Dr Berry, principal investigator in statistical genetics at Teagasc, University College Dublin, was awarded the John Hammond Award by the British Society of Animal Science at their annual conference at the University of Nottingham.
Dr Berry, a principal research officer at Teagasc Moorepark, Fermoy, Co Cork, is widely respected for his role in devising a way to identify genetically elite cattle.
He received the award for the cutting-edge work he has done in helping improve Ireland’s cattle production capabilities.
Society president, Chris Warkup, said: “Dr Berry has made considerable contributions to genomic science which had helped put Ireland at the forefront of dairy genetics.
“As a part-time farmer, he is highly-motivated that his research activities are relevant to the industry and bring about real technical developments on farm.
“Ireland may not immediately spring to mind as an international innovator in dairy genetics, but the research that Dr Berry led has placed Ireland at the cutting-edge.”
An internationally renowned dairy geneticist, Dr Berry’s work helped Ireland become the second country in the world to publish genomically- enhanced genetic evaluations for dairy cattle.
His research has also moved into sheep and beef, with a particular interest in developing technologies in farm management and farm animal breeding.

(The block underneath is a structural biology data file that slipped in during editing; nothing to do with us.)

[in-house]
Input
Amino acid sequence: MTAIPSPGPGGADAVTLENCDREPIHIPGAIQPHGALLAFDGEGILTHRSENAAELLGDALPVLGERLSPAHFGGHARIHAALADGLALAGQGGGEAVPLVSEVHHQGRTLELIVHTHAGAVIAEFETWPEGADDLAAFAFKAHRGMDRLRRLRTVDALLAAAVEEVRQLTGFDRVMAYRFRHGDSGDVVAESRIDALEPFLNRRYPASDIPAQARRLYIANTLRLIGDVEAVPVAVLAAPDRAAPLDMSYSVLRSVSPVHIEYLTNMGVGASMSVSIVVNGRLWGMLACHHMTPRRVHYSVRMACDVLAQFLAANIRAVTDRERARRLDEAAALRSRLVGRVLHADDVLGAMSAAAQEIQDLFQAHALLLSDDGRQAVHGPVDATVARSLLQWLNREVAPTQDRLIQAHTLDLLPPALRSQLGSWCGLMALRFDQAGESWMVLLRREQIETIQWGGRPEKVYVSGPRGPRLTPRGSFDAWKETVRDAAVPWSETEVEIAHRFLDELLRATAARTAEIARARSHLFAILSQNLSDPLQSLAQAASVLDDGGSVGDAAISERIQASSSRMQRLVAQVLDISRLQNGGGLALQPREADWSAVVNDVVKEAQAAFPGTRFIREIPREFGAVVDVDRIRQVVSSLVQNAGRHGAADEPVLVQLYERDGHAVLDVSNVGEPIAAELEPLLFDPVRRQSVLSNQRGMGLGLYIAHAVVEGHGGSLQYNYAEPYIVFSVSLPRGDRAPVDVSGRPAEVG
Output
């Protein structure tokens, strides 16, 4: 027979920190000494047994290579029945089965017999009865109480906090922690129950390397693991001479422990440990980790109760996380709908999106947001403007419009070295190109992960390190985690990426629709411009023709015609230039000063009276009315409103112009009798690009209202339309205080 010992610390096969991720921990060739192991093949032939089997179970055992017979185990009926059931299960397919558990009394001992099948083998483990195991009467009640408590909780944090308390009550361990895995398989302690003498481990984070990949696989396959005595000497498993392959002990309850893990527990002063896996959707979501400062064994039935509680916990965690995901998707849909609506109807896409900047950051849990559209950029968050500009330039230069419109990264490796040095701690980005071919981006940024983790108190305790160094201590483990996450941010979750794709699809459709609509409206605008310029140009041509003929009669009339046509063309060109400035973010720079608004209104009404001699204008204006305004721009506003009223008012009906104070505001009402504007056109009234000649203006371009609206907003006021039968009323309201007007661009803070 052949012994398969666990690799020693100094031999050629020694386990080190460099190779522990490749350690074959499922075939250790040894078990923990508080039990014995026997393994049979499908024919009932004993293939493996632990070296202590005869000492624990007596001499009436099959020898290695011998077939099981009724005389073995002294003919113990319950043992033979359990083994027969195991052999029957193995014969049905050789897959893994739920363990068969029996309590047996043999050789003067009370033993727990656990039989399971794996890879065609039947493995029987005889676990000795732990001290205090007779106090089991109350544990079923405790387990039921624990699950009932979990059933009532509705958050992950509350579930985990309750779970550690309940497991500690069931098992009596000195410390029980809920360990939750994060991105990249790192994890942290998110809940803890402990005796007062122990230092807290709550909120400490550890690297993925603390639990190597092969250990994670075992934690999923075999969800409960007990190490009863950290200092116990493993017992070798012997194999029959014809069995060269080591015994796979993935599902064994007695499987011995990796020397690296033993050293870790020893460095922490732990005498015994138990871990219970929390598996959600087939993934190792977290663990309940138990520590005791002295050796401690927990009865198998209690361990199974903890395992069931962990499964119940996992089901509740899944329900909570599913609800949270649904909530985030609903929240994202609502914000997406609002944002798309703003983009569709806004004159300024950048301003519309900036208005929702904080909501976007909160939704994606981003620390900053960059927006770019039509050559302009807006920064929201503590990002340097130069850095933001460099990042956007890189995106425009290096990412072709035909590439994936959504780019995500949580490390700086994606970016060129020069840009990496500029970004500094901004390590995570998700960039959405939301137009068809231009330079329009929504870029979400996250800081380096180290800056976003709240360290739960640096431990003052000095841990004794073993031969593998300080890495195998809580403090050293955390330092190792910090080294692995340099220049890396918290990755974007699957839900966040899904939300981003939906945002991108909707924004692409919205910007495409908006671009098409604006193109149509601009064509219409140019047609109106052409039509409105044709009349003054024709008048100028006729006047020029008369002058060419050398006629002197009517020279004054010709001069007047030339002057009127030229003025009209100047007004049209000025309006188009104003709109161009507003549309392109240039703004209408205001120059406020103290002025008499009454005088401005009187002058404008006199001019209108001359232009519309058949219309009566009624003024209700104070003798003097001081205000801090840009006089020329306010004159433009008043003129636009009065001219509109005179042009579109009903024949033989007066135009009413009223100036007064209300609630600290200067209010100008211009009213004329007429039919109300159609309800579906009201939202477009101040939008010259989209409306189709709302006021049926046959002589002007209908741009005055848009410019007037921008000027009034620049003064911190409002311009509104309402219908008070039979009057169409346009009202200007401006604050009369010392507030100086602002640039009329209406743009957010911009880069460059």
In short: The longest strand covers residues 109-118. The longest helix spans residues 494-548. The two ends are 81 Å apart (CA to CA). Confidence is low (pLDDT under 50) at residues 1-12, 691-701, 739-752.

Through this work, Dr Berry has helped develop a system through which every young dairy bull undergoing progeny testing is assessed for genotype, helping farmers select only elite bulls for use in their herds.
The genomic selection technology will help screen beef bulls reliably, quickly and at a smaller cost than traditional SNP screening.
This is because the testing can be carried out using hair samples from a very young age, rather than waiting for a sire’s progeny to be slaughtered before traits can be identified.
Dr Berry was also commended for helping develop the next generation of scientists through his teaching work, and for his communication skills in talking about science to the media and to non-scientific audiences.
Accepting the award, Dr Berry said that working to improve animal genetics had a huge role to play in helping secure food supplies to feed the world’s growing population.
“We know that science has contributed 50% of the gains we have achieved in increased food production over the past few decades, and animal science such as genetics has played a large part of that.
“For example, through genetics by 2020 the fertility of Holsteins will be the highest we have achieved since 1989, but we will have seen a 60% increase in milk production.
“Our next job is to use genetic tools to expand our breeding goals to improve the quality of the products our farmers produce, such as milk with lower saturated fat, and to address the environmental footprint of our livestock.
“Receiving this award from the society is a huge privilege and encouragement to me and other researchers to help find ways for science to help meet the growing demand for food,” he said.